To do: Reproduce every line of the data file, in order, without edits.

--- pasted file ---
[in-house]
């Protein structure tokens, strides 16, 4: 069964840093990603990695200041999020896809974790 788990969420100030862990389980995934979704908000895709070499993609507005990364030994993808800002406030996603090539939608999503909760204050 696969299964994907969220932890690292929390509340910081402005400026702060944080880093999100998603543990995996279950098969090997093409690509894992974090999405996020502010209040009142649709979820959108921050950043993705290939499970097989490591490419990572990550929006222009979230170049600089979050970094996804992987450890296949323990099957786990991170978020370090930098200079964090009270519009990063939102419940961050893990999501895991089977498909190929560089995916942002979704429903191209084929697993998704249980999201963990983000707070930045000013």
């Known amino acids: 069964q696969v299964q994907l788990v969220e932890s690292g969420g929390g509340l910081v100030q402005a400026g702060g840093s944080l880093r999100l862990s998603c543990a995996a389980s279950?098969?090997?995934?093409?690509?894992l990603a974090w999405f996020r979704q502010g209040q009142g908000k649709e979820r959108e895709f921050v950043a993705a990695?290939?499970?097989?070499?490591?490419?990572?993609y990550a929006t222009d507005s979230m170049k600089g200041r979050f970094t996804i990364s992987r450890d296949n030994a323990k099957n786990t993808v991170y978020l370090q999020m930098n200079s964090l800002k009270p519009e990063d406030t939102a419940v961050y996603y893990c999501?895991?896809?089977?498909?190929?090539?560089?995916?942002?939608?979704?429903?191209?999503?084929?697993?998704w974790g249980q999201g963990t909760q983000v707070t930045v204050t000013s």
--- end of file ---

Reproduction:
[in-house]
């Protein structure tokens, strides 16, 4: 069964840093990603990695200041999020896809974790 788990969420100030862990389980995934979704908000895709070499993609507005990364030994993808800002406030996603090539939608999503909760204050 696969299964994907969220932890690292929390509340910081402005400026702060944080880093999100998603543990995996279950098969090997093409690509894992974090999405996020502010209040009142649709979820959108921050950043993705290939499970097989490591490419990572990550929006222009979230170049600089979050970094996804992987450890296949323990099957786990991170978020370090930098200079964090009270519009990063939102419940961050893990999501895991089977498909190929560089995916942002979704429903191209084929697993998704249980999201963990983000707070930045000013």
């Known amino acids: 069964q696969v299964q994907l788990v969220e932890s690292g969420g929390g509340l910081v100030q402005a400026g702060g840093s944080l880093r999100l862990s998603c543990a995996a389980s279950?098969?090997?995934?093409?690509?894992l990603a974090w999405f996020r979704q502010g209040q009142g908000k649709e979820r959108e895709f921050v950043a993705a990695?290939?499970?097989?070499?490591?490419?990572?993609y990550a929006t222009d507005s979230m170049k600089g200041r979050f970094t996804i990364s992987r450890d296949n030994a323990k099957n786990t993808v991170y978020l370090q999020m930098n200079s964090l800002k009270p519009e990063d406030t939102a419940v961050y996603y893990c999501?895991?896809?089977?498909?190929?090539?560089?995916?942002?939608?979704?429903?191209?999503?084929?697993?998704w974790g249980q999201g963990t909760q983000v707070t930045v204050t000013s």